Room

When a film is adapted from a book, there is a lot of pressure from the readers about how the film will turn out. In the case of Room, the film adapted by Lenny Abrahamson and Emma Donoghue from Donoghue’s book, my expectations were pretty high when I walked into the theatre. I had read Room the week before, in only a few days, and was completely enthralled by her characters and use of language. As for the film? It didn’t disappoint.

Room is about 5 year old Jack (Jacob Tremblay), who knows only the world of Room – a small room in which he and his Ma (Brie Larson) are held captive. When they finally escape from their captor, Jack must learn to live in a world bigger than he could have ever imagined. Donoghue’s script is compelling, drawing emotion from you at will as you follow Jack and Ma through hell and back again. Abrahamson’s imagery is beautiful – Room is dark and gloomy, an expression mirrored on Ma’s haunted face as they go through their day to day, yet out in the world, the sky is bright, the windows are huge, and we are reminded of the comfort and love that Ma and Jack have been deprived of. Though Ma struggles to adjust to her old life after going through such an ordeal, Jack has such wonder and imagination about him as he explores the world for the first time, and every up and down affects us as deeply as it affects them. From Jack’s heart-stopping escape to Ma’s heartbreaking reunion with her mother, Room is totally in command of your emotions, and as we watch Jack grow and become accustomed to his new world, we come to see it through his eyes – that around the corner is always something new to explore or try, and that we should make the most of it.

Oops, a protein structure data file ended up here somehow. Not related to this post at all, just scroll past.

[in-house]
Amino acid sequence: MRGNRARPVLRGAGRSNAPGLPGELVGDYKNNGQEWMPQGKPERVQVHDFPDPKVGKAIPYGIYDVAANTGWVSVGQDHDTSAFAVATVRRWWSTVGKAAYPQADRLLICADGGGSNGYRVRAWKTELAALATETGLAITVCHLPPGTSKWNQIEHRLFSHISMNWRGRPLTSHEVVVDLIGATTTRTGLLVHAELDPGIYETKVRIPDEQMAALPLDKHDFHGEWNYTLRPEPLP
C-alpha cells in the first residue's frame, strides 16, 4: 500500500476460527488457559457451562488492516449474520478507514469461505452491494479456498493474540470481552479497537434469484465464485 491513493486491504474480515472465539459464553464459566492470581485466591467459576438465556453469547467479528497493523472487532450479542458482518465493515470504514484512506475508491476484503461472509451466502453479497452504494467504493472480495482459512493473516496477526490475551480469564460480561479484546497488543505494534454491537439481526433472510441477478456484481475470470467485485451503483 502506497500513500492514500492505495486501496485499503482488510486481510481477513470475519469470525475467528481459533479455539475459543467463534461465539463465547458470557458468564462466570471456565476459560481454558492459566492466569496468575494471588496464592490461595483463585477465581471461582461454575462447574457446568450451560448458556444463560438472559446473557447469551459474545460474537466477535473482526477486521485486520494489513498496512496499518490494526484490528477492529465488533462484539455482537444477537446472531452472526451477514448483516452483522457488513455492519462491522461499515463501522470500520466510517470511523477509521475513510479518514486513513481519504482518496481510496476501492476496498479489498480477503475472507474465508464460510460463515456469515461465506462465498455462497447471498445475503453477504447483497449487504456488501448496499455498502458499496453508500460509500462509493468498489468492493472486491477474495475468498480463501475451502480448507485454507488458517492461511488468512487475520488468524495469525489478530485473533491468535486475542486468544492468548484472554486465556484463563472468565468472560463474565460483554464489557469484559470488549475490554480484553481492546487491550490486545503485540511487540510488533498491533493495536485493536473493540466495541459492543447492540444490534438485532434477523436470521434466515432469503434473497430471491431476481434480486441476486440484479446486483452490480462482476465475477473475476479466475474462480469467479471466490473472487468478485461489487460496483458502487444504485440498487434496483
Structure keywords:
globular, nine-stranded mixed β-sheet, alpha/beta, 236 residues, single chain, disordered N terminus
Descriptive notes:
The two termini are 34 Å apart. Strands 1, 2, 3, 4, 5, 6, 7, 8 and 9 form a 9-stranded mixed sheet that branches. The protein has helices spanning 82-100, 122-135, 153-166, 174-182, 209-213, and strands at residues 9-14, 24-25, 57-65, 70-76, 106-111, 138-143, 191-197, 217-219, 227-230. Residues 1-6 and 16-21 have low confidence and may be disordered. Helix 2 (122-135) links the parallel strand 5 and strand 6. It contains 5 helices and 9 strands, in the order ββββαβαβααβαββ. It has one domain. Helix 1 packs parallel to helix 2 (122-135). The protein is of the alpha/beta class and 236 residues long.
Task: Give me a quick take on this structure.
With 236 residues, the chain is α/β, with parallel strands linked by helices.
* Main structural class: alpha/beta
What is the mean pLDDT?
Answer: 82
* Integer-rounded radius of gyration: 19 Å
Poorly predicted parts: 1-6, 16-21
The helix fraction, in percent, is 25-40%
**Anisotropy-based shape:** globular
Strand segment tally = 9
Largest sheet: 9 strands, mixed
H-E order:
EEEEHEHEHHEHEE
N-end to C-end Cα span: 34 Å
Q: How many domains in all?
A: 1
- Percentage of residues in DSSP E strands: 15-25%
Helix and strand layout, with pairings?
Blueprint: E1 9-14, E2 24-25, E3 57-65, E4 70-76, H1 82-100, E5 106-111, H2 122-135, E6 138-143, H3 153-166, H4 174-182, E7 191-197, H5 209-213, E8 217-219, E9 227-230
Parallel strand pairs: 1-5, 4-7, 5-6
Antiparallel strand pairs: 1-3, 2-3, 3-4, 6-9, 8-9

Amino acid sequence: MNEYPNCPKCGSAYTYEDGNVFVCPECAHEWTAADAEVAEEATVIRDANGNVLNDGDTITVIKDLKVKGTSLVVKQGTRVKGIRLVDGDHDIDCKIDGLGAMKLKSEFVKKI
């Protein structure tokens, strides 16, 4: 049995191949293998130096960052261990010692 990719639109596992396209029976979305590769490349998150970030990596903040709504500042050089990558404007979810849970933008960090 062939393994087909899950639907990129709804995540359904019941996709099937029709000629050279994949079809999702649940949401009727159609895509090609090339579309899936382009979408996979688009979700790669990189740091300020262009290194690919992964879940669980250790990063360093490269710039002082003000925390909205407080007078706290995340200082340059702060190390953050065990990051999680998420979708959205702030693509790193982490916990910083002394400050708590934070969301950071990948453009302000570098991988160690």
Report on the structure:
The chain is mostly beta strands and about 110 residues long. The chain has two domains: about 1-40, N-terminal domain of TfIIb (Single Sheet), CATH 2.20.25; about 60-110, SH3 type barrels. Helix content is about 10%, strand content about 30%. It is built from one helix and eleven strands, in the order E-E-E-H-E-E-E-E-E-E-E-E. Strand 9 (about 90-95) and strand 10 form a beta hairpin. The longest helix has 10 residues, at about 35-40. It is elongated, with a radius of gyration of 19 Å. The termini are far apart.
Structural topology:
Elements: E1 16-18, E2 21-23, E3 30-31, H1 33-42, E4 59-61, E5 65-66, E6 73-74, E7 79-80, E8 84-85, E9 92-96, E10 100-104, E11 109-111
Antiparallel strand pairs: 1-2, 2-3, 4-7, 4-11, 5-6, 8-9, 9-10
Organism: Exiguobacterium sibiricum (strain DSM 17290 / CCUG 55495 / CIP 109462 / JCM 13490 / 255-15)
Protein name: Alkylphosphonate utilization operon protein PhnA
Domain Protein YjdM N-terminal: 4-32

Room is terrifyingly real and raw, not shying away from the shocking reality of Jack and, particularly, Ma’s situation, yet Abrahamson’s direction and narration from Jack allows us to see it through Jack’s perspective. This combines the grimness of Room with Jack’s love of both the worlds he has come to know and love, where he is from and where he is now. Jacob Tremblay’s performance is beyond that of a child actor, giving real depth to Jack’s actions and relationships, and brilliantly showcasing the way Jack grows to love the world and his new family. Brie Larson plays Ma perfectly conflicted, trying to balance putting Jack first and also her own needs through such a horrendous, difficult experience – the true struggle of motherhood. In this way, Ma feels very real; she is not perfect, she is human, and everything Ma does feels real because of the way Brie Larson inhabits her character, rather than simply portraying her.

The truth is, I read the novel version of Room first because I couldn’t wait until I was able to see the film to know what happened; the story and characters were too intriguing to me, even in the little details of the story I had heard.  And, though the book was unbelievable, there was something about the film – about seeing this incredibly deep characters come to life on the screen, played to perfection, about seeing some of my favourite scenes played out, that was compelling and commanding of my utmost attention. Room fulfilled my high expectations, and delivered an emotion, fascinating and beautiful movie.

9/10.

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